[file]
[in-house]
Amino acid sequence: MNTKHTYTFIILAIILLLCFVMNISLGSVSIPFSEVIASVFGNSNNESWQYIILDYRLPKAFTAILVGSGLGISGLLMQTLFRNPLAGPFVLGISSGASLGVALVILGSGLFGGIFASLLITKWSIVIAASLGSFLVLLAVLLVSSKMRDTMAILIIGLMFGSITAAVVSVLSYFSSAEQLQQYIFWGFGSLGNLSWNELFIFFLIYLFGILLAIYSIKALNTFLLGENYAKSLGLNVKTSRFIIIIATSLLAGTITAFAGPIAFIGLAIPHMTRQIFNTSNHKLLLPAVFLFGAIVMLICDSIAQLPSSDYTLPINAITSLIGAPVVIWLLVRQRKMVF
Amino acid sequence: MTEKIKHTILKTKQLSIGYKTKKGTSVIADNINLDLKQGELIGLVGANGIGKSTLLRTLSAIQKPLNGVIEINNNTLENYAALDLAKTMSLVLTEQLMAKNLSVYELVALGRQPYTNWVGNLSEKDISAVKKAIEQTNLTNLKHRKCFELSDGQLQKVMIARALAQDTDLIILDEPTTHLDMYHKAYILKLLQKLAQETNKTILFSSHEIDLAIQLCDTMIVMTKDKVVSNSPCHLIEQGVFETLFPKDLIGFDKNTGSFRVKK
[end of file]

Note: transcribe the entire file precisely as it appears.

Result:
[in-house]
Amino acid sequence: MNTKHTYTFIILAIILLLCFVMNISLGSVSIPFSEVIASVFGNSNNESWQYIILDYRLPKAFTAILVGSGLGISGLLMQTLFRNPLAGPFVLGISSGASLGVALVILGSGLFGGIFASLLITKWSIVIAASLGSFLVLLAVLLVSSKMRDTMAILIIGLMFGSITAAVVSVLSYFSSAEQLQQYIFWGFGSLGNLSWNELFIFFLIYLFGILLAIYSIKALNTFLLGENYAKSLGLNVKTSRFIIIIATSLLAGTITAFAGPIAFIGLAIPHMTRQIFNTSNHKLLLPAVFLFGAIVMLICDSIAQLPSSDYTLPINAITSLIGAPVVIWLLVRQRKMVF
Amino acid sequence: MTEKIKHTILKTKQLSIGYKTKKGTSVIADNINLDLKQGELIGLVGANGIGKSTLLRTLSAIQKPLNGVIEINNNTLENYAALDLAKTMSLVLTEQLMAKNLSVYELVALGRQPYTNWVGNLSEKDISAVKKAIEQTNLTNLKHRKCFELSDGQLQKVMIARALAQDTDLIILDEPTTHLDMYHKAYILKLLQKLAQETNKTILFSSHEIDLAIQLCDTMIVMTKDKVVSNSPCHLIEQGVFETLFPKDLIGFDKNTGSFRVKK